# Subtracting two power series

I'm trying to find a power series representation for $$\frac{-x}{x^2 + 3x + 2}$$ I think I've done it correctly save the last step. I create partial fractions and have to subtract two different power series. I skip the more simple steps as I have verified those are correct. If more steps are needed please let me know

Get the partial fractions from our original equation

$$\frac{1}{x+1} - \frac{2}{x+2}$$

Turn them into their respective power series

$$\sum_{n=0}^\infty (-1)^n(x)^n - \sum_{n=0}^\infty (-1)^n(\frac{x}{2})^n$$

This is where my math fails me, subtracting these just by subtracting their terms gives me

$$\sum_{n=0}^\infty (x^n - \frac{x^n}{2^n})$$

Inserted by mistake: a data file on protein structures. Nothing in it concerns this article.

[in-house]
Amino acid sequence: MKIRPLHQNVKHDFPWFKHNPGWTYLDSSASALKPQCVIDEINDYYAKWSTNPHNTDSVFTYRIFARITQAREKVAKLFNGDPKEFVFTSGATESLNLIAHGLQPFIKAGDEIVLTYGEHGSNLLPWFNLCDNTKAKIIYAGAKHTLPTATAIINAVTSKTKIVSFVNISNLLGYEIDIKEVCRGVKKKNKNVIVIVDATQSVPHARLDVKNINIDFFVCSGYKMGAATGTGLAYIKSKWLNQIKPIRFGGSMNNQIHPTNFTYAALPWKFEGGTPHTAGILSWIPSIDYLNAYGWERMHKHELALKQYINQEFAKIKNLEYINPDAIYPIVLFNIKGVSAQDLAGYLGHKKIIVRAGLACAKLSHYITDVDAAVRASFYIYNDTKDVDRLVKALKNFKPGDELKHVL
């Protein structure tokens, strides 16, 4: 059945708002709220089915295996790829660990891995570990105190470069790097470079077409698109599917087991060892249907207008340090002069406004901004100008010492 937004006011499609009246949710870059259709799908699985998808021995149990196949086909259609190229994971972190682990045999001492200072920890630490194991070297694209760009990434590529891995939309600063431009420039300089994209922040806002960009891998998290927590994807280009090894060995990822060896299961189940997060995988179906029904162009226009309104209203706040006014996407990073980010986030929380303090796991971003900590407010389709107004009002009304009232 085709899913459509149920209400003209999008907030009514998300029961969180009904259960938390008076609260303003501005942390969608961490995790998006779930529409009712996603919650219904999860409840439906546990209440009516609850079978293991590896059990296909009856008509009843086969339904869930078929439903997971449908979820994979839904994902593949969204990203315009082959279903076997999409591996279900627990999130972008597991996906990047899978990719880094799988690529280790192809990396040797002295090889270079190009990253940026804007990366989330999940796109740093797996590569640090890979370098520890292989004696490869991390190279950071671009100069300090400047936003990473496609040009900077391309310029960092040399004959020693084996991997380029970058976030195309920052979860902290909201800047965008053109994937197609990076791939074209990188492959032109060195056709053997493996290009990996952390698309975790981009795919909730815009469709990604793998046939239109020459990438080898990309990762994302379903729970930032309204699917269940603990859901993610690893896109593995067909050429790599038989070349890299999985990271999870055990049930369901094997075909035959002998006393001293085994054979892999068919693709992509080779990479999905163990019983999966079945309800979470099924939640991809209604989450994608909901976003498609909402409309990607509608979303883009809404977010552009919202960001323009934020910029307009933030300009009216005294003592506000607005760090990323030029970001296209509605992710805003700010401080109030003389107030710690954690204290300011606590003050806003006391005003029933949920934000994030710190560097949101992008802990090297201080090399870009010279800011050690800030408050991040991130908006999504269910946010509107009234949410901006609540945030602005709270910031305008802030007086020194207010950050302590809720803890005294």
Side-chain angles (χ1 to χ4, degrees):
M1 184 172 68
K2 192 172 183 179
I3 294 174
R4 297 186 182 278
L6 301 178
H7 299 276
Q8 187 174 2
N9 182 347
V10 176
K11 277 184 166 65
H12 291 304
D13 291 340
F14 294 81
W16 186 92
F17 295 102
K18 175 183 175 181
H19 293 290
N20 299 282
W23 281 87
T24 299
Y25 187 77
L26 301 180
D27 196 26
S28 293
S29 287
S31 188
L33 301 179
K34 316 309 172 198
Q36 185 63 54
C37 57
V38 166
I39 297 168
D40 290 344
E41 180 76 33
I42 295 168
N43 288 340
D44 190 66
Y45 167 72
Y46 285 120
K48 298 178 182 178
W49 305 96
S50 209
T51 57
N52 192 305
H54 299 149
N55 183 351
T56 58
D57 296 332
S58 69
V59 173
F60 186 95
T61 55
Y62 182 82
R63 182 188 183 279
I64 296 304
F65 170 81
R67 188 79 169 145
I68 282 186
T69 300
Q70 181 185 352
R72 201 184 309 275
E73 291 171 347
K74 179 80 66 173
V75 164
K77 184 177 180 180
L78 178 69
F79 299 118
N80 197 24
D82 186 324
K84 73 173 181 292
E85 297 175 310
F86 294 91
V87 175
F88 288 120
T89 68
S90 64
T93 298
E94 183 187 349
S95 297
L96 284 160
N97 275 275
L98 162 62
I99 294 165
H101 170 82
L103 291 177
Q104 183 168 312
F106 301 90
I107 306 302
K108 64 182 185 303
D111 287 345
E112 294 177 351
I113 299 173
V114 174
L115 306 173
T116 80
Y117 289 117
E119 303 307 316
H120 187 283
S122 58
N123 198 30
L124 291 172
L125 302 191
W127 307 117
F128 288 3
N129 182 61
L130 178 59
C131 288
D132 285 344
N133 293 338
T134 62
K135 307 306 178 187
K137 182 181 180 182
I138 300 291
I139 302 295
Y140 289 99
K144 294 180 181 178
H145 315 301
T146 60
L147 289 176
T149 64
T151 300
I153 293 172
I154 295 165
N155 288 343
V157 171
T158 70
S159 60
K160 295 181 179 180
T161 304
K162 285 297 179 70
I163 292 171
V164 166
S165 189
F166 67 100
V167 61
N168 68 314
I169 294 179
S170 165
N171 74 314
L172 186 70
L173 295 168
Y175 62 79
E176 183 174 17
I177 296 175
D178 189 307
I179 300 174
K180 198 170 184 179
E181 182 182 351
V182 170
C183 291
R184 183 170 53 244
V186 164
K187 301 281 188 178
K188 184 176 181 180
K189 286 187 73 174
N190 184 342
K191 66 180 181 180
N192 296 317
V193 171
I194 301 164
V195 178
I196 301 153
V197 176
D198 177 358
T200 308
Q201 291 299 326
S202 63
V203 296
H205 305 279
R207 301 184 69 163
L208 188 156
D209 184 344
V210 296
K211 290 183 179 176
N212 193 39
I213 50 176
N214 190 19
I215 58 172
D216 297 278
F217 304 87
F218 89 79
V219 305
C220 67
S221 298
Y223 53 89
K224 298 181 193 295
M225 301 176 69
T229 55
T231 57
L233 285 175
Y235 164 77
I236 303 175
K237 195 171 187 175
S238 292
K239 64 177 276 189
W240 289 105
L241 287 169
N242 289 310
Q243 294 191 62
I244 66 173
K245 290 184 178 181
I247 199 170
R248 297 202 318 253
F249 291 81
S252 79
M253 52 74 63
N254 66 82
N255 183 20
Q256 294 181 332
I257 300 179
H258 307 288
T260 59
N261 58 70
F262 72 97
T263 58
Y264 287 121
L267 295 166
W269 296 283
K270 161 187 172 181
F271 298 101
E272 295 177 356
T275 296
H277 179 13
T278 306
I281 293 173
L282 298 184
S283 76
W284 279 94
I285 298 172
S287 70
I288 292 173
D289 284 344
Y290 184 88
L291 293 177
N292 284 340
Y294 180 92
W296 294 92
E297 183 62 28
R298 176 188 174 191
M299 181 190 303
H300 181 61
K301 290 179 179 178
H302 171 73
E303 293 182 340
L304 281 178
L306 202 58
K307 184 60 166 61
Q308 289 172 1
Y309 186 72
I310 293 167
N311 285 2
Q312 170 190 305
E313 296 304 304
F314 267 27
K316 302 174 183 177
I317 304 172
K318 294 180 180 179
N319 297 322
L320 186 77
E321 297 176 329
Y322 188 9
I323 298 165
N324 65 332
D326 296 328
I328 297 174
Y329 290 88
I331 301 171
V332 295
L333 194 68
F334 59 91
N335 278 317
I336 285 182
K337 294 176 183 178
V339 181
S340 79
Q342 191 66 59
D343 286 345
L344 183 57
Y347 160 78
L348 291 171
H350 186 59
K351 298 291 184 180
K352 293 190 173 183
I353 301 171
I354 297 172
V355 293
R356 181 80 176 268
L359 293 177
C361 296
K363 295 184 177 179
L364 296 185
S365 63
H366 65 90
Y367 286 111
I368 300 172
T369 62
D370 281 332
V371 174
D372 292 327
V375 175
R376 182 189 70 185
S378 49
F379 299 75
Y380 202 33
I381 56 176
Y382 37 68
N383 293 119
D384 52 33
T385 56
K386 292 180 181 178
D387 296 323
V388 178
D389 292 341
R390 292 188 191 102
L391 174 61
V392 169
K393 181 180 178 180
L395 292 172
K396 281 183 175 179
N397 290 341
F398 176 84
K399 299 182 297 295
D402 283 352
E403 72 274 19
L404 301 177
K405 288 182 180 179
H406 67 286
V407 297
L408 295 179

which equals the following.

$$\sum_{n=0}^\infty (\frac{2^nx^n - x^n}{2^n})$$

Now I know this is wrong, but I can't seem to make sense of my notes or any online resources to tell me where my mistake is. I'm very shaky on my power series so forgive me for simple mistakes. Thanks for reading and any help is appreciated!

• What makes you feel you can do that subtraction? You can see by putting in successive values for $n$ that it won't yield the same terms of the series – imranfat Nov 23 '17 at 17:55
• Where did $(-1)^n$ go? – Math Lover Nov 23 '17 at 18:01
• $(-1)^n - (-1)^n = 0$, or so I think – Howard P Nov 23 '17 at 18:19

You seem to have lost the $(-1)^n$. You should have $$\sum_{n=0}^\infty (-1)^n\frac{2^nx^n- x^n}{2^n}= \sum_{n=0}^\infty (-1)^n\frac{2^n- 1}{2^n}x^n \; .$$
• Why does the $(-1)^n$ not become 0? when I subtract both sides they cancel out, don't they? – Howard P Nov 23 '17 at 18:21